Ma­bala Noise hits out at de­trac­tors

CityPress - - News - NTOMBIZODWA MAKHOBA ntombizodwa@city­press.co.za

Reg­gie Nk­abinde felt the ire of many South African mu­sic fans last week­end when his record la­bel, Ma­bala Noise, swept the Metro FM Awards. The la­bel’s artists took eight awards – in ev­ery cat­e­gory in which they were nom­i­nated – and Song of the Year win­ner Nasty C called Nk­abinde up on stage when he ac­cepted his gong, to boos from some in the au­di­ence.

What fol­lowed was an out­cry from fans on ra­dio sta­tions and Twit­ter, who in­sisted the vote had been in­flu­enced by the fact that Nk­abinde is also the ANC Youth League’s trea­surer, and has po­lit­i­cal ties.

But, in an in­ter­view with City Press on Fri­day, Nk­abinde was adamant that the claims were un­true, say­ing all his em­ploy­ees and their fam­i­lies voted for their nom­i­nees by SMS.

“We, our fam­i­lies and fans all voted. The re­al­ity is that you can’t buy awards or votes [within that] vot­ing sys­tem,” he said.

How­ever, he de­clined to re­veal how much he spent on air­time for votes.

Last year, it was another po­lit­i­cally con­nected player, Am­bi­tiouz En­ter­tain­ment, owned by Kgosi Mahumapelo, North West Premier Supra Mahumapelo’s younger brother, that dom­i­nated the Metro FM Awards.

Nk­abinde, how­ever, said the way one should view things was that Ma­bala and Am­bi­tiouz were not com­pet­ing with each other, but against “ma­jor record la­bels such as Uni­ver­sal and Sony Mu­sic”.

“Pre­vi­ously, Uni­ver­sal and Sony dom­i­nated the SA Mu­sic Awards. No­body has ever in­sulted or ques­tioned them. This re­ally de­mor­alised and killed the ca­reers of the artists,” he said. Nk­abinde in­sisted that Nasty C de­served his four Metro awards be­cause “we all know his jour­ney”, and be­cause “we have all danced to his hit, Hell Naw”. He said it was sad that those who claim the awards are rigged make a noise on so­cial me­dia, but they don’t vote. “When artists such as mbaqanga singer Si­mon ‘Mahlathini’ Nk­abinde and pop star Brenda Fassie died poor, even though there were al­le­ga­tions that ma­jor record la­bels robbed them of their money, no po­lit­i­cal party ques­tioned them [the record la­bels],” he said, re­fer­ring to Eco­nomic Free­dom Fight­ers (EFF) leader Julius Malema’s al­le­ga­tion this week that Ma­bala Noise had “cor­rupted” the awards. He said he taught his stars how to han­dle their money and to in­vest in busi­ness ar­eas out­side of mu­sic. “Ev­ery time Ma­bala does some­thing great, the EFF is the first to spread ma­li­cious ru­mours, and then South Africans fol­low. This is a po­lit­i­cal agenda. Is the prob­lem Ma­bala Noise or Reg­gie, who is also a mem­ber of the ANC?” he asked. “If the EFF has an is­sue, it must use the cor­rect plat­form and not de­stroy other chil­dren’s ca­reers for cheap pol­i­tics.” He con­tin­ued: “Any­one who says I’m cor­rupt must prove and bring me the ev­i­dence. I’ve never been found guilty of cor­rup­tion.” Nk­abinde in­sists that all he is do­ing is chang­ing the lives of black artists in South Africa for the bet­ter. Ma­bala Noise has 15 per­ma­nent staff and 22 mu­si­cians and actors signed to the la­bel. “Then peo­ple come and tar­nish the im­age of a brand that is help­ing South Africans. It’s un­ac­cept­able,” Nk­abinde fumed. Ma­bala Noise was es­tab­lished in 2012 by Nk­abinde and Bon­gani “DJ Bongz” Dlamini. At that time, it was called Ema­bal­a­bala En­ter­tain­ment, but busi­ness has only picked up in the past two years.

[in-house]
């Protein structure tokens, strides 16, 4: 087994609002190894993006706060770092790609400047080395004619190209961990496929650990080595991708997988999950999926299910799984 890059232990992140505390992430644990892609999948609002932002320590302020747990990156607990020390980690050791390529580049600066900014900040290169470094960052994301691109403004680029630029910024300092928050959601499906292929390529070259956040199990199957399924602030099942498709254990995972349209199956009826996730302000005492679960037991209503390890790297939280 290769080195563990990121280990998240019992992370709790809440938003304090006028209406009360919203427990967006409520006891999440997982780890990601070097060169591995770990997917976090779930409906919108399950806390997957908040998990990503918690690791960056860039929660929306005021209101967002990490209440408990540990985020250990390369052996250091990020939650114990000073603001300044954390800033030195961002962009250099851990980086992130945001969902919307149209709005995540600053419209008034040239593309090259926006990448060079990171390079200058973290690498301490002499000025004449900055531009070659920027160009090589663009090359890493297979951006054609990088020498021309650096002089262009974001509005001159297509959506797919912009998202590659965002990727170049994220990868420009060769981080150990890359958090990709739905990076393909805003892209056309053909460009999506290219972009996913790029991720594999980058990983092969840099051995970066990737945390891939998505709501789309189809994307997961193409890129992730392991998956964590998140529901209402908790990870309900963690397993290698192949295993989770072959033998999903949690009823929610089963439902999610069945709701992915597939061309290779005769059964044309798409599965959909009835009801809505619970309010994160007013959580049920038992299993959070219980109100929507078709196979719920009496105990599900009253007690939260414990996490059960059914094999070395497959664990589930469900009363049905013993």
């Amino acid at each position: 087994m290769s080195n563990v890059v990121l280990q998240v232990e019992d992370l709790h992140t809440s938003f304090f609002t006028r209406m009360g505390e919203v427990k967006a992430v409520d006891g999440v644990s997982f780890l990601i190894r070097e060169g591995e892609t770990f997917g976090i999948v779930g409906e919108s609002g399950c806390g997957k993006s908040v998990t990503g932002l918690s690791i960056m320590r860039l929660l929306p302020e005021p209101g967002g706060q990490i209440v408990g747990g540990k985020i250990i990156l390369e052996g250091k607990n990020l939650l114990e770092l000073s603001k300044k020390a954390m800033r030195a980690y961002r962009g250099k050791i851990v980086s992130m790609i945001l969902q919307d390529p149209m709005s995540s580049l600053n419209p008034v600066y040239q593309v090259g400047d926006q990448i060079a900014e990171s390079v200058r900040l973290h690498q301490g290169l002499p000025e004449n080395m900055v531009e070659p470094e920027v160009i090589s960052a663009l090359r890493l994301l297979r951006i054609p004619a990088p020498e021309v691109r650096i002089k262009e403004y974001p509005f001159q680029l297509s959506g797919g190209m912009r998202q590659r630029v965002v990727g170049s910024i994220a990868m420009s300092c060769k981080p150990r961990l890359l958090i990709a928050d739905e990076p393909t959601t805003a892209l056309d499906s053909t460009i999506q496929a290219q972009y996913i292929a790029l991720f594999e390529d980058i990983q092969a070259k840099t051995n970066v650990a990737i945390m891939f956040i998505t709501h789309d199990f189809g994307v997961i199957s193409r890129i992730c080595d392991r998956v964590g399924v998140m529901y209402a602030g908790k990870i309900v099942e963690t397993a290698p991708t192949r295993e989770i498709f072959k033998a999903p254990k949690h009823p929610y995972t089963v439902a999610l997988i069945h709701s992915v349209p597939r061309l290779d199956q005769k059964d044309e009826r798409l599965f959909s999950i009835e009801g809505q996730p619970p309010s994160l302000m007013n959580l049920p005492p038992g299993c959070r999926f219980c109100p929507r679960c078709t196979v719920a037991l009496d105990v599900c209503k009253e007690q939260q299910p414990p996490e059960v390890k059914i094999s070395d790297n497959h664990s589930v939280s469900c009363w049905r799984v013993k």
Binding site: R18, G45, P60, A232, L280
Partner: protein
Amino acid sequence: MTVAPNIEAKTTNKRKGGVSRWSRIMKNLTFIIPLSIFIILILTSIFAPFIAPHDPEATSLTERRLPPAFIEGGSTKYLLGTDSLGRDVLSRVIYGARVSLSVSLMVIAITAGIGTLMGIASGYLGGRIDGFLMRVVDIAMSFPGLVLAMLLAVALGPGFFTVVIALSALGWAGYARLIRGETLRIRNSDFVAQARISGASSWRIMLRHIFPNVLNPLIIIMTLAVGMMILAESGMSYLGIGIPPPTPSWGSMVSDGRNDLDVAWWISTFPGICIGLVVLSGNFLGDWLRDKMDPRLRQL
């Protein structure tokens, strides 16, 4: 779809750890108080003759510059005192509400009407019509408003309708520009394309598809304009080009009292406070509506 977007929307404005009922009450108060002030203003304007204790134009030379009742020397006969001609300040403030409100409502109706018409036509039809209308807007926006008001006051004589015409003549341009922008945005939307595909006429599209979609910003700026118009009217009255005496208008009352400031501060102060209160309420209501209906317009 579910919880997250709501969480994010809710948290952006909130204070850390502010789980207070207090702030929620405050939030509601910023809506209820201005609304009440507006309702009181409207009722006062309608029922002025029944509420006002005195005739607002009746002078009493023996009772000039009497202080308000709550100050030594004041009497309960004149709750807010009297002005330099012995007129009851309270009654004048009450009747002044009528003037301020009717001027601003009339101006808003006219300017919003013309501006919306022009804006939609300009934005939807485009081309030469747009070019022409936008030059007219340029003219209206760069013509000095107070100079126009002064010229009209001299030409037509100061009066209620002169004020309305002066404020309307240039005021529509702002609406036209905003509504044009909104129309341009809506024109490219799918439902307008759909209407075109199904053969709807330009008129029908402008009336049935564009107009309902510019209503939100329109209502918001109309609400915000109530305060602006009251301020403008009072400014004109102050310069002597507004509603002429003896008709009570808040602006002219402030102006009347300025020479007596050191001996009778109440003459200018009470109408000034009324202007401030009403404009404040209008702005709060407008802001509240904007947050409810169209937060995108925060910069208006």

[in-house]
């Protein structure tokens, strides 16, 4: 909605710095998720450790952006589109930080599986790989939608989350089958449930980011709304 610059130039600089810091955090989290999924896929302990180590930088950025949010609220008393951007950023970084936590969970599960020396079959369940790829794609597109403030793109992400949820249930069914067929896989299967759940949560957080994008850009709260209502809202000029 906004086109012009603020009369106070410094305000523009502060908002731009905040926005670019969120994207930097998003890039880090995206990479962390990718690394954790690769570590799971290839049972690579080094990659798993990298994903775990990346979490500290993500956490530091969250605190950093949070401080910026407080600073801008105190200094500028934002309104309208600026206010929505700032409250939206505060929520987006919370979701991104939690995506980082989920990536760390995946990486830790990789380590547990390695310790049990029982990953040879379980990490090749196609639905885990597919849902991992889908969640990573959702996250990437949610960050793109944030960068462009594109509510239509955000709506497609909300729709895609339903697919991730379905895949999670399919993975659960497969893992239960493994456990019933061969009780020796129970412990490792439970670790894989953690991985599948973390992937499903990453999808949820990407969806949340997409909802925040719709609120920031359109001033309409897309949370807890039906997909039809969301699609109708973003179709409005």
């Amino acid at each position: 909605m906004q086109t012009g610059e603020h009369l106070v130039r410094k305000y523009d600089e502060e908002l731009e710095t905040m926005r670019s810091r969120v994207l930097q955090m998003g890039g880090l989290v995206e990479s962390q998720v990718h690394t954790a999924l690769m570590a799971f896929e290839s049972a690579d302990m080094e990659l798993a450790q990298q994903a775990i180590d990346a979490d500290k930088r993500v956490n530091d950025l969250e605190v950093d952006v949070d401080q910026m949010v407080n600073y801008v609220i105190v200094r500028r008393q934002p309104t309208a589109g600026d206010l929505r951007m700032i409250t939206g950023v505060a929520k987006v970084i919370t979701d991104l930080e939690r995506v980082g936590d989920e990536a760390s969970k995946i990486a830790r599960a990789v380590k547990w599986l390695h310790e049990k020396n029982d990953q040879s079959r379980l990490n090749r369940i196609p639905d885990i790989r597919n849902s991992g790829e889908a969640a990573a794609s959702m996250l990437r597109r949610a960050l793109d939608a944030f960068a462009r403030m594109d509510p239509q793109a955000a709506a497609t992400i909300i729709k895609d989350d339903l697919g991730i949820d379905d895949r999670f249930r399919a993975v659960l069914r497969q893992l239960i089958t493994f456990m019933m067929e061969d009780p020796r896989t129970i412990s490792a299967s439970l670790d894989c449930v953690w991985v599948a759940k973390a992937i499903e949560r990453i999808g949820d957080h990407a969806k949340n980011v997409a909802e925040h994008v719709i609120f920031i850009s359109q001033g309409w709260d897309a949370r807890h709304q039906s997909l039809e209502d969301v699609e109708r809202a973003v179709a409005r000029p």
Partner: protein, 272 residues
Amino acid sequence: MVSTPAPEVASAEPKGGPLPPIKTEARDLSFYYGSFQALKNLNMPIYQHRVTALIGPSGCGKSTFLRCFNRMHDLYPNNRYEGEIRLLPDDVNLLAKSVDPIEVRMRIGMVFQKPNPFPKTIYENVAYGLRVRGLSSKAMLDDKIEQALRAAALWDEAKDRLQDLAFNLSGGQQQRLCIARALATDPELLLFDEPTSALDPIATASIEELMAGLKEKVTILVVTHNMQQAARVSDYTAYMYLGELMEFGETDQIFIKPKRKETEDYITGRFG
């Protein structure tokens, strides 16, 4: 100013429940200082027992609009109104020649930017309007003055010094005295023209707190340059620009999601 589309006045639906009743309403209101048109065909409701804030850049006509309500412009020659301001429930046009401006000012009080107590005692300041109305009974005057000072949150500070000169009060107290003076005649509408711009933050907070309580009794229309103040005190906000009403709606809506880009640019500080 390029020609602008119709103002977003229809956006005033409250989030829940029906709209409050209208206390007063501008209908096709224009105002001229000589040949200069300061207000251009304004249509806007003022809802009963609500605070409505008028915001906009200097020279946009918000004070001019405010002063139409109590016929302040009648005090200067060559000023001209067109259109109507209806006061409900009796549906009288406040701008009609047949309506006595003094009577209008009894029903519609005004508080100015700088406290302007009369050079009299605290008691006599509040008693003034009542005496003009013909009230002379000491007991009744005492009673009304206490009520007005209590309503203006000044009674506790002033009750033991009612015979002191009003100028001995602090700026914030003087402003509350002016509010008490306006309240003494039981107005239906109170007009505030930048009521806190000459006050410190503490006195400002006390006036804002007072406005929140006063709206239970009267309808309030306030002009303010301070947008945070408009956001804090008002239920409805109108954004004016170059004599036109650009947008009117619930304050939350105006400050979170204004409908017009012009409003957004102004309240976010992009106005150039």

“We also strug­gled. It wasn’t easy to make it as a record la­bel,” Nk­abinde said.

In 2015, the well-con­nected Nk­abinde hit the head­lines with a lav­ish three-day 31st birth­day bash. On the guest list at the R2 mil­lion party were ac­tresses Nomzamo Mbatha and Jes­sica Nkosi, and mu­si­cian DJ Sbu.

Nk­abinde said he had al­ways been pas­sion­ate about mu­sic, and was known for his pantsula dance moves in his home town of Bekkers­dal, Gaut­eng.

“I have an ear for mu­sic. That’s why ev­ery time an artist records, I make time to be in the stu­dio,” he said.

But, one of Ma­bala Noise’s stars, Riky Rick, whose real name is Rikhado Makhado, sent out an an­gry tweet last Satur­day night: “If niggaz can pay for these f***ing awards then my nigga I don’t want them...”

He is said to be con­sid­er­ing leav­ing the la­bel be­cause he is un­happy with how it is run. But Nk­abinde de­nied this, say­ing: “He has never said any­thing to me. As far as I know, he still has a three-year con­tract with us.”

How­ever, he ad­mits that one can never sat­isfy an artist. All one can do is try to meet them half way.

“I don’t en­cour­age all artists to al­ways make pub­lic stunts, es­pe­cially when they are not happy with some­thing. They must rather take the le­gal route,” he said, adding that con­flict be­tween mu­si­cians and their la­bels was nor­mal.

“All artists signed un­der Ma­bala Noise came to join the sta­ble be­cause we sold them a vi­sion. Nasty C had an op­por­tu­nity to be signed by Roc Na­tions Records, owned by US rap­per Jay Z. Al­ready two of our artists have col­lab­o­rated with A-list in­ter­na­tional artists. We are try­ing to build a global foot­print,” he said.

“We all choose dif­fer­ent jour­neys. This is how I give back to an African child,” said Nk­abinde.

PHOTO: JABULANI LANGA

‘CON­NECTED’ Ma­bala Noise boss Reg­gie Nk­abinde at the Metro awards

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